Feig hasn’t been shy about the fact that Sony is eyeing the new movie as the launchpad for a potentially huge new franchise. But why should he be? As he explained to the New York Times on June 21, that line of thinking is pretty much par for the course in the entertainment industry:
I understand, if somebody was remaking "The Godfather," I would be like, "Wait a minute." But when everybody’s like, "It’s a cash grab"? Everything ever made in Hollywood since the beginning of time is a cash grab. That’s why the original "Ghostbusters" existed. It wasn’t an altruistic thing. Studios make movies to make money, and filmmakers try to make something that will entertain an audience while trying to make money for the studio.
He’s got a point. Of course Sony wants to make money off the new Ghostbusters; that doesn’t mean the movie will automatically be a disaster.
In any case, it seems as though Sony has no problem with the backlash, as long as the movie remains in the news. Tom Rothman, the current chair of Sony’s motion picture division, told the Hollywood Reporter on June 23 that all the hullabaloo is "the greatest thing that ever happened" for the movie. "We’re in the national debate, thank you," Rothman said. "Can we please get some more haters to say stupid things?"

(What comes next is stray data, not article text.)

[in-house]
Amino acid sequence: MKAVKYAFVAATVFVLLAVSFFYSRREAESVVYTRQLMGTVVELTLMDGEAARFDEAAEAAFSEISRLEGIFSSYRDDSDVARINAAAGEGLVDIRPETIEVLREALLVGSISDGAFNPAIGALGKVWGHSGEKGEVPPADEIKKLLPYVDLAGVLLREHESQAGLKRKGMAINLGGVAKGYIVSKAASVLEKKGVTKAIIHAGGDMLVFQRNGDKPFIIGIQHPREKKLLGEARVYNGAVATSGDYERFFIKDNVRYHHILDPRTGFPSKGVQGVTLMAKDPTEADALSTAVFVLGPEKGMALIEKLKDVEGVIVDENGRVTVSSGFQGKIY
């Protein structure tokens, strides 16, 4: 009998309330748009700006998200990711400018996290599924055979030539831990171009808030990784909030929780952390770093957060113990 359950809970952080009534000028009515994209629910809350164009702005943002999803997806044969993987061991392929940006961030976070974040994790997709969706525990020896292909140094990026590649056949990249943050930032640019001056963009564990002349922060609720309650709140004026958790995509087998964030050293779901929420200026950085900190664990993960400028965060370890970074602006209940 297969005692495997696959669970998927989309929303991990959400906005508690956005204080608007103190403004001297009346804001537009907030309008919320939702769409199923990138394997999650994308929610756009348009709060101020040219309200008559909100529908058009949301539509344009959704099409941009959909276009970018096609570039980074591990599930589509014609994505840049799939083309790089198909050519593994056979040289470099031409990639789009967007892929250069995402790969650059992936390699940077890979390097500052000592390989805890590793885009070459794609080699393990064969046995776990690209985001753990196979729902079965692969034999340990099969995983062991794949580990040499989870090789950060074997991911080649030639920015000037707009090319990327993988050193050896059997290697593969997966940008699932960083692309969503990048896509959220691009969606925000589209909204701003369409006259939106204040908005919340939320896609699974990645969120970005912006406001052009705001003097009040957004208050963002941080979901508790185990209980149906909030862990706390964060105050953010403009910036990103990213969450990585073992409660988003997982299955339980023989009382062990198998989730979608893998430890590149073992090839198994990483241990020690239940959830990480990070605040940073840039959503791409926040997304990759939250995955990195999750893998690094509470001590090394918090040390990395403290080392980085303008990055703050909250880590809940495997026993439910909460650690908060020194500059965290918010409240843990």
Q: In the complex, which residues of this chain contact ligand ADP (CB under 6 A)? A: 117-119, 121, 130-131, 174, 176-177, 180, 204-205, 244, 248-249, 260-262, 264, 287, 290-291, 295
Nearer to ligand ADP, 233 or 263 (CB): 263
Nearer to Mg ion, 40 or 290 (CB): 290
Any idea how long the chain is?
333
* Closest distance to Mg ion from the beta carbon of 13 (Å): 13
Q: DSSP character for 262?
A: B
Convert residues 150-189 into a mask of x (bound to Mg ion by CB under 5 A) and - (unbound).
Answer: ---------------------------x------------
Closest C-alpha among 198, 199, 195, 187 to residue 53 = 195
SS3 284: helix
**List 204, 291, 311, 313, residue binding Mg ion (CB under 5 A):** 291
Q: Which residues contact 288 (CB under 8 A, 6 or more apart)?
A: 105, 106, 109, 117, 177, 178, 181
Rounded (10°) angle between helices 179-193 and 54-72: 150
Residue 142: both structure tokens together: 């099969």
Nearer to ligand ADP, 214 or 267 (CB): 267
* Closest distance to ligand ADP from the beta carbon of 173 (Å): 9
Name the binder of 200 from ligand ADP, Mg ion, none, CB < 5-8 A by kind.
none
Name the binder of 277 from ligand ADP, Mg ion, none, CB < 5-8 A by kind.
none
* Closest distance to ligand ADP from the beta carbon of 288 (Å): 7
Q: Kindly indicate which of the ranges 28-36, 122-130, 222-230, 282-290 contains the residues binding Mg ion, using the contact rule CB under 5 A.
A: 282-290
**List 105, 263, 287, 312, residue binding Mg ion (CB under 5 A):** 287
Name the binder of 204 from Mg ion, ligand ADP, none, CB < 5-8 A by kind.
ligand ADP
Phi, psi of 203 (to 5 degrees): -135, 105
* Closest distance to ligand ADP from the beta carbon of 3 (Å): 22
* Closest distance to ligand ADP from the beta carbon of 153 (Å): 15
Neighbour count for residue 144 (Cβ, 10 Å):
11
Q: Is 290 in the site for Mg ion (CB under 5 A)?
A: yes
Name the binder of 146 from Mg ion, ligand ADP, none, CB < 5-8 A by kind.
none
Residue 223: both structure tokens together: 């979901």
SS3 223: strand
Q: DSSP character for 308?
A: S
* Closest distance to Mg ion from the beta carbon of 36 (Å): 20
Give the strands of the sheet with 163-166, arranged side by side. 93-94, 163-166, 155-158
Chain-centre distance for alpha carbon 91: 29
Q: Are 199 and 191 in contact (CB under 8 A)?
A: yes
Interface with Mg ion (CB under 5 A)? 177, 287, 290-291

For those "haters" who feel like they have legitimate reasons to be wary of this reboot, that kind of response almost adds more fuel to the fire. In fact, many of the replies to Aykroyd’s aforementioned positive review of the new movie expressed more suspicion than relief, with some people telling the creator of Ghostbusters himself that they could no longer trust his opinion.
Look, I get it: Being protective of a franchise you love is a natural instinct. I once loved the Harry Potter books to a probably unhealthy degree, and hated the movies so much that I could rant about all the reasons they offended me so for hours (why wouldn’t they let Ron be funny instead of a mopey jerk?!) without taking a breath.
But the level to which some Ghostbusters fans have expressed their resentment over the new movie is so aggressively over the top that whatever love was there hardly matters anymore.